Reaching the Brain through Music

It holds the power to think, to feel, to speak, to dream, and to act. Discover the complexity and capabilities of the human brain as the Friday Center hosts a series about the most unique organ in the animal kingdom.

When Apr 26, 2012
from 07:00 PM to 09:00 PM
Where The William and Ida Friday Center for Continuing Education
Contact Name
Contact Phone 919-962-2643
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Whether you can barely sing “Happy Birthday” or can transpose a score from C major to F-sharp major, music is an everyday part of your life. From commercial jingles to classical elevator music, everybody can stop and say, “I’ve heard that before,” or “That reminds me of. . .” But why do some of us prefer John Coltrane and others of us like Lady Gaga? Why do we listen to classical music when we study and hard rock when we run? Why are people who suffer from Alzheimer’s unable to carry on a conversation, but able to sing along to every word to “Tennessee Waltz”? Why can those who have suffered a traumatic brain injury sing before they can speak? This presentation will discuss the universal power of music and its effect on the wonderful and extremely mysterious brain.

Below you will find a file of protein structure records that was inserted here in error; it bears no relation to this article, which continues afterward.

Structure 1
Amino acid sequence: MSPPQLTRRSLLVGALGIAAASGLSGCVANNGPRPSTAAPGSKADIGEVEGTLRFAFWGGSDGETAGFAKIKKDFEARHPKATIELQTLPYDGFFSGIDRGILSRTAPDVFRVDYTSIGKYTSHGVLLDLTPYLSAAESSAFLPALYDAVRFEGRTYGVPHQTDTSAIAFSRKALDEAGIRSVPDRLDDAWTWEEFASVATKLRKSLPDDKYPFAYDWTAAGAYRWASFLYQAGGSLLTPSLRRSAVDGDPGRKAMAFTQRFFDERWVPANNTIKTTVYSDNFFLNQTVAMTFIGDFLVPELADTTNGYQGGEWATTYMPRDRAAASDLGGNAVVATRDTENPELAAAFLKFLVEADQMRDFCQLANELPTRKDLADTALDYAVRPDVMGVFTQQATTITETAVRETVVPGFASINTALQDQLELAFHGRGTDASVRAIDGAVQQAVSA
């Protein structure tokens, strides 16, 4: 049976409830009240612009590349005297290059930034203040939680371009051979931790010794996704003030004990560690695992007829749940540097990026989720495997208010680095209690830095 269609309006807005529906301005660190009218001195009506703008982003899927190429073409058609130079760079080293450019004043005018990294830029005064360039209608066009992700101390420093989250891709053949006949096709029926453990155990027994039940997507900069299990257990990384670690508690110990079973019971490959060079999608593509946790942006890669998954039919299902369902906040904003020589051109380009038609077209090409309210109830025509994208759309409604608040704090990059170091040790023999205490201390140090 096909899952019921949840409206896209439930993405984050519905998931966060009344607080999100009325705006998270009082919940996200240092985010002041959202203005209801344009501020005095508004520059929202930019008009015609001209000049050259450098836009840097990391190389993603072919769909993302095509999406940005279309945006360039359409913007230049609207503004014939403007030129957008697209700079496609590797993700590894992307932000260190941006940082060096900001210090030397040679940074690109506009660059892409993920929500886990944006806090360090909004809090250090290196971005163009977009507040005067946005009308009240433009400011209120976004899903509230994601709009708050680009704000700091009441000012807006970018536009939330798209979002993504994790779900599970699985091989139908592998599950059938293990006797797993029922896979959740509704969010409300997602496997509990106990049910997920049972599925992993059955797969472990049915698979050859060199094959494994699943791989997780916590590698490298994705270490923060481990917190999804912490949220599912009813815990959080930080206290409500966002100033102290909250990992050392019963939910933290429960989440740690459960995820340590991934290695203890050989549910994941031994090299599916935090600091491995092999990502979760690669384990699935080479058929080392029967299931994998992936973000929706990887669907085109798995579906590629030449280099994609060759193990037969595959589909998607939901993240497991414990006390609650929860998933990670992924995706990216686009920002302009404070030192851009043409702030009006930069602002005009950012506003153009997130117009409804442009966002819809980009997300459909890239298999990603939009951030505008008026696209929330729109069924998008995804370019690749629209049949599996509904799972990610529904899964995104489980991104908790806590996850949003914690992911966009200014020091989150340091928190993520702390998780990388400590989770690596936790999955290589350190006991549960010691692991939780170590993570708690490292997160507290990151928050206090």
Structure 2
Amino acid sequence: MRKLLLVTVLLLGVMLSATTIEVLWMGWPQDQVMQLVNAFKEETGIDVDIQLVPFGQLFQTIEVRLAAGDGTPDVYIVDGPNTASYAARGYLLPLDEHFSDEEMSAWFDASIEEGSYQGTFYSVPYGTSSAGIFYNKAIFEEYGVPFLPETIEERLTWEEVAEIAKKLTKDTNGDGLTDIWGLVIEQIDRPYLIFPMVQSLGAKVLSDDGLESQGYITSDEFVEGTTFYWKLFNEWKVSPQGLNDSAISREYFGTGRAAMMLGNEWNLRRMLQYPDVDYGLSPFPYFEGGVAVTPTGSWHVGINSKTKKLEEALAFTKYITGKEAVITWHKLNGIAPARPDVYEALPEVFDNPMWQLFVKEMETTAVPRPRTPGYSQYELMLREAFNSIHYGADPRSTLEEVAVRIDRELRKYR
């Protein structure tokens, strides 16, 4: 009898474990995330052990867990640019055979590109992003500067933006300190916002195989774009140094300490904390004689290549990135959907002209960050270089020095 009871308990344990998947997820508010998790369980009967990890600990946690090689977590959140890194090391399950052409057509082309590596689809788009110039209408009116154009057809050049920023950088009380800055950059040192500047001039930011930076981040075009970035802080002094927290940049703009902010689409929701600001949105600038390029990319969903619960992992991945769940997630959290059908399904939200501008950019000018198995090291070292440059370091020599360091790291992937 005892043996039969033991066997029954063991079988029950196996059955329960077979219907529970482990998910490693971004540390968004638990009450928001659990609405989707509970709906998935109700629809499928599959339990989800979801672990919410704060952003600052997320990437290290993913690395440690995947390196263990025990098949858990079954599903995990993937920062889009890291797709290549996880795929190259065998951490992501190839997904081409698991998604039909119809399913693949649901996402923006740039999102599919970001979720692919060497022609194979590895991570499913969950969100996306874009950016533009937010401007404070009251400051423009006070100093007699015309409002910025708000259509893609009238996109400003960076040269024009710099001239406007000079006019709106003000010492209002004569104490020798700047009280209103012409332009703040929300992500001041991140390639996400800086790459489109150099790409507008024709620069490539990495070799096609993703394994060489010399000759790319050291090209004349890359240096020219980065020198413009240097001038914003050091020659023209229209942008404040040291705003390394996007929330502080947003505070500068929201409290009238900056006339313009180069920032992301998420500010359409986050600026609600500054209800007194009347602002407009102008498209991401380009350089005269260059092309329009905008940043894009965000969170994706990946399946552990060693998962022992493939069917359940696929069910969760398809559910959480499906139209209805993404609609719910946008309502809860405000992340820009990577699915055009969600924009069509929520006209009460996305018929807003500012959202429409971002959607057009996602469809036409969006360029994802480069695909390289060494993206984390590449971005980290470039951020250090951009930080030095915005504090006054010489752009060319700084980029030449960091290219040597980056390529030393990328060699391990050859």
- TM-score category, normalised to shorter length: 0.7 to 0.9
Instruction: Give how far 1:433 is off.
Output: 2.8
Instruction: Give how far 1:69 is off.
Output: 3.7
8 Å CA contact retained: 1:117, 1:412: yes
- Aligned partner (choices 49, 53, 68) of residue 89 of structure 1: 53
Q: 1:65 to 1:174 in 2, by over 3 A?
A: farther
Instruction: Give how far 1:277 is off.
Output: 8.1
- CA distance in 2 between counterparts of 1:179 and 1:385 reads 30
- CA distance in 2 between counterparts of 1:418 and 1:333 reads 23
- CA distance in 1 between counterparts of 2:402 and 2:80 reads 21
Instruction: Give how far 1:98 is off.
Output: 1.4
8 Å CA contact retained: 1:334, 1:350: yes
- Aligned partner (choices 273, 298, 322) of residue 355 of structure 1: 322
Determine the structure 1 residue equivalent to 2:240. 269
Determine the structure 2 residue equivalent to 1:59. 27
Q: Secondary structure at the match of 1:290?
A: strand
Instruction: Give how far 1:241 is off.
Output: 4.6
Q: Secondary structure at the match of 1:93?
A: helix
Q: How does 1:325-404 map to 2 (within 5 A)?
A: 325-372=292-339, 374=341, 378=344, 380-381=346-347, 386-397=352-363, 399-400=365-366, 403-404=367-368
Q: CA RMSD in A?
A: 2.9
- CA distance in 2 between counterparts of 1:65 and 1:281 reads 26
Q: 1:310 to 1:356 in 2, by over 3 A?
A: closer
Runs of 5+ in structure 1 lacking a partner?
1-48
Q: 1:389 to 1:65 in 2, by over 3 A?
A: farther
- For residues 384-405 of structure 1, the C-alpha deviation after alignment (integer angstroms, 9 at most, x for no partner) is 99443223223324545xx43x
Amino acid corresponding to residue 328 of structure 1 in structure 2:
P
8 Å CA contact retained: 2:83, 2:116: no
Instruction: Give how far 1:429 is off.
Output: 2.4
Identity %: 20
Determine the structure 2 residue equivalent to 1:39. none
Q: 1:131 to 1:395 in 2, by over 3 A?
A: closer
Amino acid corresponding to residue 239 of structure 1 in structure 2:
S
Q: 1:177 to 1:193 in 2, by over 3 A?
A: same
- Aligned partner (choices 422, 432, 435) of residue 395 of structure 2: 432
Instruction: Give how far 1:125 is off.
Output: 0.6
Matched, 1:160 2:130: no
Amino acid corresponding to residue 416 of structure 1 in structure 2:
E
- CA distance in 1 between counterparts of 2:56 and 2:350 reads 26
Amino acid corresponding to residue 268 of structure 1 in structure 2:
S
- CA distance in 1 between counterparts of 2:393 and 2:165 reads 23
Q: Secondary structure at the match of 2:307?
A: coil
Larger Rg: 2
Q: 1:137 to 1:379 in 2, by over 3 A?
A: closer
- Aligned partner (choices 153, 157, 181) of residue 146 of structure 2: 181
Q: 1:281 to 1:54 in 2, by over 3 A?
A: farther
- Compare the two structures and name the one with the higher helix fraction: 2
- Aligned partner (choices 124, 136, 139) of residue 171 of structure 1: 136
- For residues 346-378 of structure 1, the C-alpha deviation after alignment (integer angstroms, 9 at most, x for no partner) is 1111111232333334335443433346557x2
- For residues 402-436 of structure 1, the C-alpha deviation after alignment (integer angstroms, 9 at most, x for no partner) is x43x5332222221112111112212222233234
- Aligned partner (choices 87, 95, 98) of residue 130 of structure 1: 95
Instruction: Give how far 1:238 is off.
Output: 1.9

Elizabeth Fawcett, MT-BC received her bachelor’s of music therapy from East Carolina University. She has provided music therapy services for children and adults with autism and developmental disabilities while working at Cadenza Music Therapy, Inc. in Hollywood, Florida. She is currently working full-time at NC Children’s Hospital in Chapel Hill, North Carolina with pediatric patients suffering from cancer, cystic fibrosis, and other medical conditions as well as geriatric patients in the Neurosciences Hospital. She also runs her private practice, Tar Heel Music Therapy, which provides music therapy services to different assisted-living, nursing, and rehabilitation centers in the Triangle area of North Carolina.

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